Optimizing agronomic practices for closing rapeseed yield gaps under intensive cropping systems in China

Zhi ZHANG, Ri-huan CONG, Tao REN, Hui LI, Yun ZHU, Jian-wei LU
2020 Journal of Integrative Agriculture  
A yield gap analysis for rapeseed (Brassica napus L.) is critical to meeting the oil demand by identifying yield potential and yield constraints. In this study, potential yield (Y p ), attainable yield (Y att ), and actual yield (Y act ) for winter rapeseed were determined in five different zones of China. A boundary line approach was adopted to calculate Y p , based on a large-scale field experimental database. A meta-analysis was conducted on the data obtained from 118 published studies to
more » ... ished studies to evaluate the effects of agronomic factors on rapeseed yield. The main results indicated that farmers only achieved 37-56% of the yield potential across the zones. The low altitude areas (L-URY) and lower reaches (LRY) of the Yangtze River Basin (YRB), China had high yield levels. The total yield gap was 1 893 kg ha -1 , due to the agronomic management factors, environmental factors, and socioeconomic factors. The meta-analysis showed that weed control and drainage were the best management practices to improve yields (45.6 and 35.3%, respectively), and other practices improved yields by 17.1-21.6%. Consequently, to narrow the yield gap over the short term, the study could focus on techniques that are easily implemented to farmers. area was approximately 35 Mha in recent 10 years (FAO 2017). Asia, North America, and Europe are the major producing regions in the world. As a cool-season, broadleaf crop, rapeseed can be planted both in winter and spring (Assefa et al. 2018). The spring variety is mainly planted in Canada, where it was called canola and is partially planted in China, US, and European countries. The winter variety, which is called winter rapeseed, is widely planted in Asia, Europe, and US. Due to the different growing environment and management practices, the yield in Europe is much higher than that in China, Canada, and US (FAO 2019). It is noteworthy that China has contributed 20% of the global rapeseed production with 7.5 Mha of planting area (FAO 2019). More than 85% of this production is winter rapeseed that is sown in the late fall season and harvested in the early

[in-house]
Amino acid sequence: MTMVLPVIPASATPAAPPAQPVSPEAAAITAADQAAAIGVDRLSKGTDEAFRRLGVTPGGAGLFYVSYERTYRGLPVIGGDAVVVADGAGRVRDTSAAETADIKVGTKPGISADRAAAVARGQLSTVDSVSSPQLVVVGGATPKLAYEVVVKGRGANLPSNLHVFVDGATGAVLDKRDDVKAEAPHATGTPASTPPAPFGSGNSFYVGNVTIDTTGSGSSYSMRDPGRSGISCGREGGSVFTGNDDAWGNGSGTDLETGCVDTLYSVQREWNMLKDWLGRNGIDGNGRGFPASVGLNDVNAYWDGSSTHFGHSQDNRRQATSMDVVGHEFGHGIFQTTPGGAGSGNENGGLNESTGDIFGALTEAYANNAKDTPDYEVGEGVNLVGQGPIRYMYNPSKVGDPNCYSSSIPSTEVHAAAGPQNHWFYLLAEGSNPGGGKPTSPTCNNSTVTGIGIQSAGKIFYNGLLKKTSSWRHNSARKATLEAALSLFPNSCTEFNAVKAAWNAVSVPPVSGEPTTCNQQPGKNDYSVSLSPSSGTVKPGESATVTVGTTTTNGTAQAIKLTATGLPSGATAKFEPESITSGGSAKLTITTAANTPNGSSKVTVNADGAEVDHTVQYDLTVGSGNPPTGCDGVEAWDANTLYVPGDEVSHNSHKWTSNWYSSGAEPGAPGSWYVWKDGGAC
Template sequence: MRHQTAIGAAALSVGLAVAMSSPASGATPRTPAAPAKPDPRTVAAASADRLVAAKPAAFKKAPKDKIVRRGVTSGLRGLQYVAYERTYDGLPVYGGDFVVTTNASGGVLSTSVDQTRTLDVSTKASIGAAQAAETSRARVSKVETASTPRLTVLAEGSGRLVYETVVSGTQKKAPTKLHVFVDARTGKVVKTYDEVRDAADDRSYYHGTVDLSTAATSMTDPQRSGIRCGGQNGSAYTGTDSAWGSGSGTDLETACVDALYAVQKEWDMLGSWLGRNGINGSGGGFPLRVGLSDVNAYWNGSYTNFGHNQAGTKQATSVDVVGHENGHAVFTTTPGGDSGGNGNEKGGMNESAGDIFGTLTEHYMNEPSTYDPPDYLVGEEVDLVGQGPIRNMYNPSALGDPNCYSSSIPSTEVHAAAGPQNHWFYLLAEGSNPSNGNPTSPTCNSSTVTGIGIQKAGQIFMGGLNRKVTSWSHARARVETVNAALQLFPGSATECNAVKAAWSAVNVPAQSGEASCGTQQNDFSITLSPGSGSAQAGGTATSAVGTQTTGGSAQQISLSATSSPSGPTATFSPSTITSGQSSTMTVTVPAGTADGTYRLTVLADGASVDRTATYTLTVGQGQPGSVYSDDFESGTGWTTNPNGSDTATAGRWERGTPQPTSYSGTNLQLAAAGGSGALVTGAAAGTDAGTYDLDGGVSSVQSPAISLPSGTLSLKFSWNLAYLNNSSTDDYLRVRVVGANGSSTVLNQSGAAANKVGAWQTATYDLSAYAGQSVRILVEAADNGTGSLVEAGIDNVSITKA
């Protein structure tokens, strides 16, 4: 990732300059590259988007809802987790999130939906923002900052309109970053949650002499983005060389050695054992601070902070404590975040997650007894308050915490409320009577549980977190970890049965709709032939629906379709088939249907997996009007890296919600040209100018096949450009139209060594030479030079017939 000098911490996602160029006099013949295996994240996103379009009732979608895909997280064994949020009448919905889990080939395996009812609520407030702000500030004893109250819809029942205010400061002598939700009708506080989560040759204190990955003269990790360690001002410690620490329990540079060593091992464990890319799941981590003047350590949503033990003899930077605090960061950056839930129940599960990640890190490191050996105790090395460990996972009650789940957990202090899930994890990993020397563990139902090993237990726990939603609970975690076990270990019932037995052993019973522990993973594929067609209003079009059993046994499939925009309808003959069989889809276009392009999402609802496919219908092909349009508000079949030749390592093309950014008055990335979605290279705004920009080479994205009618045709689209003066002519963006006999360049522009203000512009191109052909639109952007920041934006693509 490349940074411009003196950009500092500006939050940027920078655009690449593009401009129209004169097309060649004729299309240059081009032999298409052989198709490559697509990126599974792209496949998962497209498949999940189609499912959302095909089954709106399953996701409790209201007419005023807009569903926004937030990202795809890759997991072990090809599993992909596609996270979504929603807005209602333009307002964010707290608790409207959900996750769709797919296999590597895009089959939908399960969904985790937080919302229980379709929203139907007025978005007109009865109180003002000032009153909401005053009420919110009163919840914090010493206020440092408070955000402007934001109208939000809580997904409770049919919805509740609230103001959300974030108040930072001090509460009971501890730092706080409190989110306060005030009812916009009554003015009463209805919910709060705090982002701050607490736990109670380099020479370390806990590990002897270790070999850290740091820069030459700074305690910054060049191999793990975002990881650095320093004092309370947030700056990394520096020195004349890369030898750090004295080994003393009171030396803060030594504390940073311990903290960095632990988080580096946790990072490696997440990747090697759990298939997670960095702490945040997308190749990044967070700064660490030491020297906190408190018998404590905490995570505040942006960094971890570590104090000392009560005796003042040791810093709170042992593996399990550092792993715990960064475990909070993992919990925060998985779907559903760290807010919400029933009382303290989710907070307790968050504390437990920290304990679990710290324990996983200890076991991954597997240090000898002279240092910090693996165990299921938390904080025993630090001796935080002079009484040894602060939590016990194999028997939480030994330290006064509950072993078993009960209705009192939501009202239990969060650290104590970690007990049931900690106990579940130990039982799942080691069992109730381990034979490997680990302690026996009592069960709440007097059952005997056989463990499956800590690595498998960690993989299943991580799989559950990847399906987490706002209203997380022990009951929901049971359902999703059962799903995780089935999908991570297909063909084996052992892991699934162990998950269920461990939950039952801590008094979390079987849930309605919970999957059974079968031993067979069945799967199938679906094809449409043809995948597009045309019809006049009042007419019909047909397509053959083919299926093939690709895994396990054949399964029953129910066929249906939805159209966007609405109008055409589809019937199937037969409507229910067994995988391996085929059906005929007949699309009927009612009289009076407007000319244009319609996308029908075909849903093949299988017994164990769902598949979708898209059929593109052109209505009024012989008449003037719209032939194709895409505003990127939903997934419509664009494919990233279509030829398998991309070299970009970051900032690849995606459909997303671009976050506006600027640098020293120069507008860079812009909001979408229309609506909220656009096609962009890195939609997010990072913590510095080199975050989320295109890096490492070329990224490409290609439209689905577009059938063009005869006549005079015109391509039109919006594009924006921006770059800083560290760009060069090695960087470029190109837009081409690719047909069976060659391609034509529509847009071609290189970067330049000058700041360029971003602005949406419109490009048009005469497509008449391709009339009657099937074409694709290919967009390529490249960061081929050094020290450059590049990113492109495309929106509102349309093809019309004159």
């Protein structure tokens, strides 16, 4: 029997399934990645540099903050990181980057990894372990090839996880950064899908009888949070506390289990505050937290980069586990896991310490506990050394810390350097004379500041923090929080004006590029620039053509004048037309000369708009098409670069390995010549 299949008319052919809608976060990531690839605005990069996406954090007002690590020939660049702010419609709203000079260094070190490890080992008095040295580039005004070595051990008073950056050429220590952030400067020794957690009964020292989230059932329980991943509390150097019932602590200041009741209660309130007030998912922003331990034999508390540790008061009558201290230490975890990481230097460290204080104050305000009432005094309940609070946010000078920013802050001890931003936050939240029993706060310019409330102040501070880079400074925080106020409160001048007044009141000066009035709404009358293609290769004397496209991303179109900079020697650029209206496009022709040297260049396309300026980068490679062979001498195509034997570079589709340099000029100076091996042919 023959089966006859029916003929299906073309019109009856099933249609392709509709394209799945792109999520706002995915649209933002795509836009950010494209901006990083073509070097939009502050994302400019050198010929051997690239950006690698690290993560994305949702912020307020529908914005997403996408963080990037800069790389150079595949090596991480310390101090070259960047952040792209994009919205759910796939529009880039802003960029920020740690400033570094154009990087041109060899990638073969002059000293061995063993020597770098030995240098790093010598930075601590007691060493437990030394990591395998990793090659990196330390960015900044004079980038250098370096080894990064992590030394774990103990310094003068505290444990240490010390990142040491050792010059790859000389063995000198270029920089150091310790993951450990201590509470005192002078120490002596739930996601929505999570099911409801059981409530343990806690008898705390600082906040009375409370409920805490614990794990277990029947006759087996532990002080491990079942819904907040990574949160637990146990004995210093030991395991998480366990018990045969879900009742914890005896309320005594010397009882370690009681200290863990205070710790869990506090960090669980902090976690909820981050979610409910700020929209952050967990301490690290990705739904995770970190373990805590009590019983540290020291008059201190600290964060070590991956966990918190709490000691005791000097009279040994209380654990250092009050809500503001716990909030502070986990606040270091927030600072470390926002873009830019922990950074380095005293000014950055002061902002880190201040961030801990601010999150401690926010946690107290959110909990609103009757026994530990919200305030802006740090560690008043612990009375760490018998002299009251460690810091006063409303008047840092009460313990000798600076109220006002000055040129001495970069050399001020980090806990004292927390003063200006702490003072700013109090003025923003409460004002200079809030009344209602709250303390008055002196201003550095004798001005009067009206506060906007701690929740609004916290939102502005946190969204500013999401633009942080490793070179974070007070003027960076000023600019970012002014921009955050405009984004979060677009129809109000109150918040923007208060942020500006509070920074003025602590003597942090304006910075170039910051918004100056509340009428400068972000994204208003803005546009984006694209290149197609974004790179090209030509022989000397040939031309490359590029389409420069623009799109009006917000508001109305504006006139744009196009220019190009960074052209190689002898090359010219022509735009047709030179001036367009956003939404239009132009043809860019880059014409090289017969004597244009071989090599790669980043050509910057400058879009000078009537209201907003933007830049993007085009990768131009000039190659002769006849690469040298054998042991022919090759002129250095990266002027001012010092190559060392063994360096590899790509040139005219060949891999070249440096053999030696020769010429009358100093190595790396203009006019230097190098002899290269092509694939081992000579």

doi:10.1016/s2095-3119(19)62748-6 fatcat:u5cs3agne5dgfk4wq5szq3nvm4